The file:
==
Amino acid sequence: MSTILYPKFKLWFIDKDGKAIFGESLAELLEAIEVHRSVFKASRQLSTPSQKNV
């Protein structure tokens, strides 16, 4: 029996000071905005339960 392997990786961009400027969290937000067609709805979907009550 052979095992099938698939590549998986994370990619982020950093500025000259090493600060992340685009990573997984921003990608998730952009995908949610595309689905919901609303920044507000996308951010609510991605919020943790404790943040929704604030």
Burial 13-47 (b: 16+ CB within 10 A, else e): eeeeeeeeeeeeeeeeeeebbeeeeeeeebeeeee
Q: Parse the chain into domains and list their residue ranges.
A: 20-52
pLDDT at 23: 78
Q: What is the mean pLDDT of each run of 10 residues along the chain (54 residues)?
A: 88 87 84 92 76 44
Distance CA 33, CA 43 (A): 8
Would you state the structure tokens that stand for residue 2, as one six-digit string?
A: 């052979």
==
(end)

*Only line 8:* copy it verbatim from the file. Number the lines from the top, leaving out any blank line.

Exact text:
A: 88 87 84 92 76 44